- Former Wisconsin Gov. Martin Schreiber is running the most important campaign of his life as he works to educate and be a sounding board for Alzheimer’s families and caregivers.
- Schreiber’s primary message is to LEARN, COPE and SURVIVE.
- Schreiber says that he doesn’t want Alzheimer’s caregivers to experience the excruciating learning curve that he did, because it robbed him and Elaine of moments of joy that can never be recaptured.
- Per the Alzheimer’s Association, two-thirds of Americans diagnosed with Alzheimer’s are women. That means that there are a lot of men that insist they can take charge of caregiving. They need to drop the ego and ask for help, or they may well find their way to earlier graves than the person with dementia.
- If you’re an Alzheimer’s caregiver or family member, master the art of “therapeutic fibbing.” It saves everyone from senseless frustration.
- The only thing worse than Alzheimer’s disease is ignorance of the disease.
Q — What drove Marty Schreiber to write his and Elaine’s story and then release it for all to read?
A — After more than a decade as a caregiver, Schreiber began to realize that there were many things he learned too late. As heartbreaking as Alzheimer’s is, he realizes that the situation is made worse when caregivers don’t know what to expect. In addition to shedding light on better ways to respond to the disease, Schreiber wanted to honor Elaine’s courage in facing Alzheimer’s, something he didn’t fully appreciate until he uncovered journals that she began to keep after her diagnosis. He knew he needed to share both of their stories.
Q — What is the main takeaway from My Two Elaines?
A — When you try to go it alone, you are less healthy and happy, which makes you a less effective caregiver.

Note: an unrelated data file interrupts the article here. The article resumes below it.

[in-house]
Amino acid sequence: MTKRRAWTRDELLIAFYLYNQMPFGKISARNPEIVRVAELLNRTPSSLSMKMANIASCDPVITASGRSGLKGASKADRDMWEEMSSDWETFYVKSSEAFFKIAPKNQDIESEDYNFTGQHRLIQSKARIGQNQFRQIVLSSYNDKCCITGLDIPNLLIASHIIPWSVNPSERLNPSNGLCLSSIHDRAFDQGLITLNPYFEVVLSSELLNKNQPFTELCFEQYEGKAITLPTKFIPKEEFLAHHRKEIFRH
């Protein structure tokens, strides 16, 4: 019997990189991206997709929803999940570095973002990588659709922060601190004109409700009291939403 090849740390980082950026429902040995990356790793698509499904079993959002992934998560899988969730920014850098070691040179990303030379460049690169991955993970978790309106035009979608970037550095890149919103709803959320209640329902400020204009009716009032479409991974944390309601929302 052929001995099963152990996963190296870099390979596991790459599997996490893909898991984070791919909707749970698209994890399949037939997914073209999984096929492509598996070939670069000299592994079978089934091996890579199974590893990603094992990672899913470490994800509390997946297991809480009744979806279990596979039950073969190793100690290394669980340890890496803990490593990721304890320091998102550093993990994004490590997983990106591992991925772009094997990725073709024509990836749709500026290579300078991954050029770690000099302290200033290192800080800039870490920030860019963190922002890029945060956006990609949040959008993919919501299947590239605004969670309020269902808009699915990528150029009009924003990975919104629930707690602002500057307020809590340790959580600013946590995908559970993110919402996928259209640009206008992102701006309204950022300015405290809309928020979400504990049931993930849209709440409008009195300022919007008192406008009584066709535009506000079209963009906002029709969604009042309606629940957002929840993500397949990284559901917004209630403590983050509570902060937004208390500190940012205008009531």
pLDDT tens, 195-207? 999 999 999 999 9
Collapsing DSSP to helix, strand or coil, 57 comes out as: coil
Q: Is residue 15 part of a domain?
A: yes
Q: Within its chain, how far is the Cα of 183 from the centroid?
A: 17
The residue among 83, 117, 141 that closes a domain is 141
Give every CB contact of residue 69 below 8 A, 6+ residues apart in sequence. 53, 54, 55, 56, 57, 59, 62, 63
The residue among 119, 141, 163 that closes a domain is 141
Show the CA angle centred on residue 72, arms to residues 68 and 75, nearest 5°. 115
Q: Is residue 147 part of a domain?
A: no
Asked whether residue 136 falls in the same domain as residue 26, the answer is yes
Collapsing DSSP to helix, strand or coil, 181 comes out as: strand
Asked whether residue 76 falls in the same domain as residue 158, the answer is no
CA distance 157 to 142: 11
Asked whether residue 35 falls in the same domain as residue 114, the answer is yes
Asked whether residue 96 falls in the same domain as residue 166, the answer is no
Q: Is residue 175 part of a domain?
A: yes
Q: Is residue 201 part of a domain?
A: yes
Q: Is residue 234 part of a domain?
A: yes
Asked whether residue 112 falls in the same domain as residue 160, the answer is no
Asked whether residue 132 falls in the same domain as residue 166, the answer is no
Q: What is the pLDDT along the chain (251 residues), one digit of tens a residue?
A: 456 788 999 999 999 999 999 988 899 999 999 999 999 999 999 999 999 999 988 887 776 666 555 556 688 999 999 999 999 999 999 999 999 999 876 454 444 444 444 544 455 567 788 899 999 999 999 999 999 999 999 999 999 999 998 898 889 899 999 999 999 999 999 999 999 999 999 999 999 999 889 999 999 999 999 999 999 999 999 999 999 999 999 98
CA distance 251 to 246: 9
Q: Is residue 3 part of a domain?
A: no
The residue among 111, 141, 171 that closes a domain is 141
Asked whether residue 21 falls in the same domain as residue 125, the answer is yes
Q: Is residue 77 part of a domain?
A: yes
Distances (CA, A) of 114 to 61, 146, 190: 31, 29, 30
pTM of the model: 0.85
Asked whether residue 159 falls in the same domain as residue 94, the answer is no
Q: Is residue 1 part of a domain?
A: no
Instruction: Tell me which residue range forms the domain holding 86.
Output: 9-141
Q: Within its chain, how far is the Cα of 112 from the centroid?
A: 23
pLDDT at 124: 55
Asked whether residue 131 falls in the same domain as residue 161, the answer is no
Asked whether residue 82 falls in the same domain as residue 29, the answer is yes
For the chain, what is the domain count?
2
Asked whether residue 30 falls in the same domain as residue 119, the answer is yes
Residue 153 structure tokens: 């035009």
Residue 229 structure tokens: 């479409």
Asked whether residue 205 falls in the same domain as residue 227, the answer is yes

Q — What are three ways an Alzheimer’s caregiver can care for himself/herself when a person with dementia requires attention day and night?
A1 — Make your family and friends aware of specific ways they can help, such as run errands, prepare meals and spend time with the individual with dementia. You need to recharge your batteries.
A2 — Don’t neglect your own health. Exercise, eat healthy and keep up with your own doctor appointments.
A3 — Take advantage of resources provided by the Alzheimer’s Association. There is support online (alz.org), by phone (800-272-3900) and in person. Even if you don’t think you need it, call, read or visit. You’ll feel a sense of relief and hope that you didn’t know existed.
Q — Is Alzheimer’s a death sentence?
A — The short answer is that yes, Alzheimer’s is fatal. Right now, there is no cure for Alzheimer’s. However, that doesn’t mean a couple or family with an Alzheimer’s diagnosis cannot still enjoy good quality of life early in the disease. Go ahead and take a special vacation. Even as Alzheimer’s advances, try to live life as fully as possible.
Q — We know the gender statistics for Alzheimer’s but in what other ways can we measure the impact of the disease?
A — More than 5 million Americans live with Alzheimer’s disease, and more than 15 million people provide unpaid care for them. Alzheimer’s is the sixth-leading cause of death, and the only disease in the top 10 that cannot be prevented, cured or even slowed. Alzheimer’s kills nearly 93,000 Americans each year — more than breast cancer and prostate cancer combined. While deaths from breast cancer, prostate cancer, heart disease, stroke and HIV are down since 2000, deaths from Alzheimer’s during the same period are up an astonishing 89 percent. Health care costs for persons with dementia are 3.5 times higher than for those without, which lead to an estimated cost of $259 billion to care for people in the United States with Alzheimer’s or other dementias (2017 statistics, alz.org).